Student Opinions: New School Policies


Phone caddies are being used again after taking a break due to Covid concerns.

Bill Lewis and Ella Smullen

Recently, Tower Times received feedback from 36 students to gather opinions on school policy issues that have become a topic of debate within the student body. The policies ranged from SmartPass to chromebooks to phones. Many students had strong opinions on these topics and their responses show how Whitefish Bay High School students feel about administrative choices being made this year. 

SmartPass is being used this year mainly for bathroom passes and ISHP scheduling. However, it has been subject to criticism by students and teachers. Out of all of our submissions, only 25% percent have said they use SmartPass, 91% of whom said that the process was time-consuming and hard to understand. Sophomore Hannah Griggs said “SmartPasses take longer to make than just leaving to go. People will go to the bathroom if they have to go. If they miss a few minutes of class then they miss it. It shouldn’t have to be monitored… Even in elementary school, kids can just raise their hand and go.” All students who responded to the survey agreed that the SmartPass system is an inefficient use of class time, with one junior saying that “…in many classes we are not using our Chromebooks, so the time it would normally take to go to the bathroom and come back is doubled (since we need to take out the Chromebook, log on, and pull up SmartPass)”. A freshman agreed, as she believes “…SmartPass is very much a waste of time. Students should be trusted enough to go to the bathroom before class without a computer tracking everything they do”. A sophomore proposed the idea of moving money being put into SmartPass into places around the school that need more funding, such as clubs. 

Similarly, with cell phone caddies, students have strong opinions. Teachers typically require students to have cell phones in a designated caddy, box, etc. during class. This rule was not in place last year, as the school wanted to prevent shared surfaces and direct contact as much as possible. Now that it is back in place, Tower Times asked students whether or not the switch back made sense. 64% of participants said it didn’t. One sophomore said that “…it helped to keep me less distracted in class, but I also think that COVID isn’t over and we should really stick to last year’s policy.”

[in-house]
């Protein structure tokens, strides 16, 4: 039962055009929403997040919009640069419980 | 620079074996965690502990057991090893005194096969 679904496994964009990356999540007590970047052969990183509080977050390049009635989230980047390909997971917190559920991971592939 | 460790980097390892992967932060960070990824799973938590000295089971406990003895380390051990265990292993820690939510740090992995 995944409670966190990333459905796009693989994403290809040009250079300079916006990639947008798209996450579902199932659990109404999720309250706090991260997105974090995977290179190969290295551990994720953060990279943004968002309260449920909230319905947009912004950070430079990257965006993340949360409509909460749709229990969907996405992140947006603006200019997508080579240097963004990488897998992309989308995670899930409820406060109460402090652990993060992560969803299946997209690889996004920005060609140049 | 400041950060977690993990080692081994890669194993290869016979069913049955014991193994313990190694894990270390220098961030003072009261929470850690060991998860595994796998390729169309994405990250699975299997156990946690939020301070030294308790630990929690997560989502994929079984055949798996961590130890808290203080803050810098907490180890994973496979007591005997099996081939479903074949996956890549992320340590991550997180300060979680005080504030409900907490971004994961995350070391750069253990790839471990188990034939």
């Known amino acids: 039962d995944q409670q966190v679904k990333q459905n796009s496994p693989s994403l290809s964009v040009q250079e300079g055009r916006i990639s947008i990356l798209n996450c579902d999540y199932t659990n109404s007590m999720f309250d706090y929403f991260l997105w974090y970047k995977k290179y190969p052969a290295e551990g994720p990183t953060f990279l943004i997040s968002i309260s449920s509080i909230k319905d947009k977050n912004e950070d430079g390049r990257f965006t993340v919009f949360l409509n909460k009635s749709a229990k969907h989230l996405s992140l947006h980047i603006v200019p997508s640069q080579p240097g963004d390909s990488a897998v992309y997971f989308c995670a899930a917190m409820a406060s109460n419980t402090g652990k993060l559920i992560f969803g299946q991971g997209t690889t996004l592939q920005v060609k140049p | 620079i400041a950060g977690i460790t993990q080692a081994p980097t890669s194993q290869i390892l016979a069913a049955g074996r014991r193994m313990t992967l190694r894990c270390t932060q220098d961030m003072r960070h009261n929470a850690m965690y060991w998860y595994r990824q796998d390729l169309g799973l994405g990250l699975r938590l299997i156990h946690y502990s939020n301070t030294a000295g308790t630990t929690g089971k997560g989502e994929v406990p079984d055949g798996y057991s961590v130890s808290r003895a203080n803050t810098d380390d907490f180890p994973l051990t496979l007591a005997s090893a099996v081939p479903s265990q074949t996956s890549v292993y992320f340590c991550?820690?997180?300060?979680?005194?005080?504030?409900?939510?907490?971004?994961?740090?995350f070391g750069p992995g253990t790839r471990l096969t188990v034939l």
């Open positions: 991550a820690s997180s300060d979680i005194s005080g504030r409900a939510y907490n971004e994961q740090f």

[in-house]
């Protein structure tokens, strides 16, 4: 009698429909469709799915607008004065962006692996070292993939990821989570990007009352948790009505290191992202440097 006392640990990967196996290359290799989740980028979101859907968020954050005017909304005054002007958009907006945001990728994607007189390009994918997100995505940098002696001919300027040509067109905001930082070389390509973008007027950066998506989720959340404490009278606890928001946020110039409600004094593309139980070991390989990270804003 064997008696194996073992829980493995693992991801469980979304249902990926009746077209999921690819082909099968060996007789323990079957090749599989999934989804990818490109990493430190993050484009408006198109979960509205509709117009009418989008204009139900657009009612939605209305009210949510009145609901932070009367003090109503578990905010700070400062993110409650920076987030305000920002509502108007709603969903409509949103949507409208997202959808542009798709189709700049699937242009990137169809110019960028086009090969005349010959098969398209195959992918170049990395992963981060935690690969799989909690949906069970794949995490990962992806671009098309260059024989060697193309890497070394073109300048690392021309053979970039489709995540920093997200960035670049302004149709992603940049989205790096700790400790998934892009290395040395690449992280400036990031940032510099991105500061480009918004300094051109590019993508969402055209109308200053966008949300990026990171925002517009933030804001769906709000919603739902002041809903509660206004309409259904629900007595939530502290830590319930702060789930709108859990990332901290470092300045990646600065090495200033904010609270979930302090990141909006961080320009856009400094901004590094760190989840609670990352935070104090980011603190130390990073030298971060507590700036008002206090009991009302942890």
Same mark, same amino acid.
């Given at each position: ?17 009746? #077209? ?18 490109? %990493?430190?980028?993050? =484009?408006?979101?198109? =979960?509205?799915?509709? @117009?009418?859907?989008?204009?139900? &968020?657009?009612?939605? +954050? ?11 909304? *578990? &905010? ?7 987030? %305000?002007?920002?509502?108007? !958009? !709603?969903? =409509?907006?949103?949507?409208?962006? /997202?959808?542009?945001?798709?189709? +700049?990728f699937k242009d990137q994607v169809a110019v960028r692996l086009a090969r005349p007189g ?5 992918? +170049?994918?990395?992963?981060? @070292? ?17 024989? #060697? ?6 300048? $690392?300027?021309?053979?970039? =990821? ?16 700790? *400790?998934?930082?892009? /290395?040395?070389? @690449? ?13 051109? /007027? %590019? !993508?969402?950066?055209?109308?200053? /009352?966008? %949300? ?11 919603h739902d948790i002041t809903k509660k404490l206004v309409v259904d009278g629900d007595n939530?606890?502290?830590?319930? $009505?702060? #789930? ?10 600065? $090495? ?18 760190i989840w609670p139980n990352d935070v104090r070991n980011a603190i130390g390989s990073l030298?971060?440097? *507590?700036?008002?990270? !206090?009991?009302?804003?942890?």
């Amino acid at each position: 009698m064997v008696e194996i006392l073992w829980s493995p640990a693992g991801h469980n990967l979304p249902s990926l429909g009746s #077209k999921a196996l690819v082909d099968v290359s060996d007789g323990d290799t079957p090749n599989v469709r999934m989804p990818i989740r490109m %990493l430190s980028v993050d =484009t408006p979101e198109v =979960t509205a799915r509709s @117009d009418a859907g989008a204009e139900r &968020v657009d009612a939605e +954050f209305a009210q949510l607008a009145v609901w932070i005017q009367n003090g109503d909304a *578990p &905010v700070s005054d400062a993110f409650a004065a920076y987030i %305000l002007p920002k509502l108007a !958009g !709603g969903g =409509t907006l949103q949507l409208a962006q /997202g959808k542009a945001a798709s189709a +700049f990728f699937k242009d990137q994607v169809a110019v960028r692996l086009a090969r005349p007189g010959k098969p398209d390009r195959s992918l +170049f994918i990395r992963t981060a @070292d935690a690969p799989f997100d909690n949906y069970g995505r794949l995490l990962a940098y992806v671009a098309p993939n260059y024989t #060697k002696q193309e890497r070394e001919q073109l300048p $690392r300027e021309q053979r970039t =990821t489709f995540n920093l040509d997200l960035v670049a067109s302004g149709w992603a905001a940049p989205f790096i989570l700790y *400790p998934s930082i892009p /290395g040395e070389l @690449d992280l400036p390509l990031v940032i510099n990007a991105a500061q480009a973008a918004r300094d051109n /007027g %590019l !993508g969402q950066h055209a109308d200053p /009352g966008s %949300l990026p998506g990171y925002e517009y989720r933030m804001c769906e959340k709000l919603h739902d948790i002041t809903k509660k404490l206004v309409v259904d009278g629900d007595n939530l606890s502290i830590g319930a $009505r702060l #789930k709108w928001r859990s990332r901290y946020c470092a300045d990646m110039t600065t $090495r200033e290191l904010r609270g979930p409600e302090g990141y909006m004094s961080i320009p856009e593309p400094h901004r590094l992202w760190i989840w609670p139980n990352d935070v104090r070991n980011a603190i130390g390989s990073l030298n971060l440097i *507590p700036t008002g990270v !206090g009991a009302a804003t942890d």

Lastly, students were asked about Chromebooks. This year, every student received a Chromebook, and per school policy, students may only use a chromebook as their device in school. This was met by both positive and negative reactions: Many students welcomed the change, saying it helped provide students with equal access to technology in school. Others found it unfair that they were not allowed their own personal computer as a replacement. Students were split on the issue; 44% say it was a helpful change, while another 44% said it was not; 12% were mixed on the issue.  Another big issue with the chromebooks that was brought up was the quality of devices seniors received versus the rest of the school. The computers are older models, which many took offense to. Senior Josie Woods said “…these Chromebooks make studying and school so much more difficult.”

Students brought up many other points about these issues as well, including changes that they think might benefit the school more. Senior Colette Stoye said “I believe that things like SmartPass and school Chromebooks should have been phased in by grade level…Enforcing it onto the whole school like this out of nowhere leaves us with seniors, who have learned independence and are under the impression that the school district trusted them after 4 years in the school, being timed in the bathroom like children.”

Overall, student’s opinions are strong on school policies. It is clear that most of the student body has a distaste for much of the school’s policy-making decisions regarding technology and going to the bathroom. 

These opinions beg the question: Will the school hear out the student body on these issues, and will they take action to help solve them?